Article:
__TYPE CHECKING RULES__ usually have the form

**if**two type expressions are equivalent-
**then**return a given type **else**return**type_error**

__KEY IDEAS.__
The central issue is then that we have to define when two given type expressions are equivalent.

- The main difficulty arises from the fact that most modern languages allow the naming of user-defined types.
- For instance, in C and C++ this is achieved by the
`typedef`statement. - When checking equivalence of named types, we have two possibilities.
**Name equivalence.**- Treat named types as basic types.
Therefore two type expressions are
*name equivalent*if and only if they are identical, that is if they can be represented by the same syntax tree, with the same labels. **Structural equivalence.**- Replace the named types by their definitions and recursively check the substituted trees.

__STRUCTURAL EQUIVALENCE.__
If type expressions are built from basic types and constructors (without type names,
that is in our example, when using products instead of records),
structural equivalence of types can be decided easily.

- For instance, to check whether the constructed types
`array(n1,T1)`and`array(n2,T2)`are equivalent- we can check that the integer values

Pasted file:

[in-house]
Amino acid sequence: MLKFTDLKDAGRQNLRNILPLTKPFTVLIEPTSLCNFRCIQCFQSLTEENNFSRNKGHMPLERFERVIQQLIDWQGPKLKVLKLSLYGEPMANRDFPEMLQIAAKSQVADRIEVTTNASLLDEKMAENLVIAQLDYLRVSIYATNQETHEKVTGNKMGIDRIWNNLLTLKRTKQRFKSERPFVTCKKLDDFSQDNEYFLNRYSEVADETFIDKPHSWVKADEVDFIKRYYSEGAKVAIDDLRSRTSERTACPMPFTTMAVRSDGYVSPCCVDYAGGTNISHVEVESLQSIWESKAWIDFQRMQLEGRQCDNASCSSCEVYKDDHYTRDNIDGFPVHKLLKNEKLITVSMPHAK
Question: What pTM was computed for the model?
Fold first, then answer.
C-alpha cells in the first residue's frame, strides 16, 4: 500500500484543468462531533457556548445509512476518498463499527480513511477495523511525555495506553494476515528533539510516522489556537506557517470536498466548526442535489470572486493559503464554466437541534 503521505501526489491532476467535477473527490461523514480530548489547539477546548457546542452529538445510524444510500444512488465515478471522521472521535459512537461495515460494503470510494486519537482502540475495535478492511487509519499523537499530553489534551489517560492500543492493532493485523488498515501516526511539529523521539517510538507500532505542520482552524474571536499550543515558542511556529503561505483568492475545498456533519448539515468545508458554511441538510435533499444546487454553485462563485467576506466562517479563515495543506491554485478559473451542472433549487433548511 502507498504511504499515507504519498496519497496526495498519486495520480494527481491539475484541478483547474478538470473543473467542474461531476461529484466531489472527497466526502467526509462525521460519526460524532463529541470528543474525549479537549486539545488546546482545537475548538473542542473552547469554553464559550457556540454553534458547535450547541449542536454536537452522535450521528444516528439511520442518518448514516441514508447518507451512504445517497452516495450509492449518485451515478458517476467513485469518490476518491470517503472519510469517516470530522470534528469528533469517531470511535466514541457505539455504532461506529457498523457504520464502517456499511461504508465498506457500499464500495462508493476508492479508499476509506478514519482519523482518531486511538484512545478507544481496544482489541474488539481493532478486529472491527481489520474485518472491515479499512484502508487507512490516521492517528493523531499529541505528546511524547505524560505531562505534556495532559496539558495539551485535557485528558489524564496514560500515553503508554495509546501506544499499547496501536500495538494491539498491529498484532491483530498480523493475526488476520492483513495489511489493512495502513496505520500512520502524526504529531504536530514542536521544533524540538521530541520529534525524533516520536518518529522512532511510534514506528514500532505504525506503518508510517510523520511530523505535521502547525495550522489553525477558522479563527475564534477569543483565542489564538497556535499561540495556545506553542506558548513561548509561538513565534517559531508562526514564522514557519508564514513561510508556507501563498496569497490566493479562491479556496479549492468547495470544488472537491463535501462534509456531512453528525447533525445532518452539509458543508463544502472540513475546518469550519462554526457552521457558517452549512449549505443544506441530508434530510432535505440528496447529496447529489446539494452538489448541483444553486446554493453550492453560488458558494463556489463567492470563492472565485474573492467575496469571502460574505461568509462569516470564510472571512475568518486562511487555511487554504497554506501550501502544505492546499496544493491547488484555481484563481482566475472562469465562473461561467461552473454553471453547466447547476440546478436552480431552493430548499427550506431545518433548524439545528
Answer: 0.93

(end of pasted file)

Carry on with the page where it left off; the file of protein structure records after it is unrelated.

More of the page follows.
`n1`and`n2`are equal and recursively check that`T1`and`T2`are equivalent, - or we can be less restrictive and check only
that
`T1`and`T2`are equivalent.

- we can check that the integer values
- Compilers use representations for type expressions (trees or dags) that allow type equivalence to be tested quickly.

__RECURSIVE TYPES.__ In PASCAL a *linked list* is usually defined as follows.

type link = ^ cell; cell = record info: type; next: link; end;The corresponding type graph has a cycle. So to decide structural equivalence of two types represented by graphs PASCAL compilers put a

struct cell { int info; struct cell *next; };To avoid cyclic graphs, C compilers

- require type names to be declared before they are used, except for pointers to records.
- use structural equivalence except for records for which they use name equivalence.

2004-12-02